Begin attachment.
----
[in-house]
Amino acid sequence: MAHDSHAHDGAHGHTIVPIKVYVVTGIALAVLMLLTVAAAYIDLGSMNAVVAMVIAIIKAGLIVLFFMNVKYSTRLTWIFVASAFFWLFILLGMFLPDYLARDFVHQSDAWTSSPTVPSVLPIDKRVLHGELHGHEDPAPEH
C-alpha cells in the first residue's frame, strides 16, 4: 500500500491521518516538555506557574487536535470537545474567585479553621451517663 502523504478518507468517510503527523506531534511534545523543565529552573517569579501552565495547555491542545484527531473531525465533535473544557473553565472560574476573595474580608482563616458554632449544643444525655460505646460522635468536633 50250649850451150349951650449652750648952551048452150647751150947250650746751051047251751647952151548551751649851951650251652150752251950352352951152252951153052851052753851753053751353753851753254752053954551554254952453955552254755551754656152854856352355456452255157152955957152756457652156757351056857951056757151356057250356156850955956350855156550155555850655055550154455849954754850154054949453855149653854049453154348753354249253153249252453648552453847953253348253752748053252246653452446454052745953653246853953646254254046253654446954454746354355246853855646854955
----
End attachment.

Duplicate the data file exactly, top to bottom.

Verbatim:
[in-house]
Amino acid sequence: MAHDSHAHDGAHGHTIVPIKVYVVTGIALAVLMLLTVAAAYIDLGSMNAVVAMVIAIIKAGLIVLFFMNVKYSTRLTWIFVASAFFWLFILLGMFLPDYLARDFVHQSDAWTSSPTVPSVLPIDKRVLHGELHGHEDPAPEH
C-alpha cells in the first residue's frame, strides 16, 4: 500500500491521518516538555506557574487536535470537545474567585479553621451517663 502523504478518507468517510503527523506531534511534545523543565529552573517569579501552565495547555491542545484527531473531525465533535473544557473553565472560574476573595474580608482563616458554632449544643444525655460505646460522635468536633 50250649850451150349951650449652750648952551048452150647751150947250650746751051047251751647952151548551751649851951650251652150752251950352352951152252951153052851052753851753053751353753851753254752053954551554254952453955552254755551754656152854856352355456452255157152955957152756457652156757351056857951056757151356057250356156850955956350855156550155555850655055550154455849954754850154054949453855149653854049453154348753354249253153249252453648552453847953253348253752748053252246653452446454052745953653246853953646254254046253654446954454746354355246853855646854955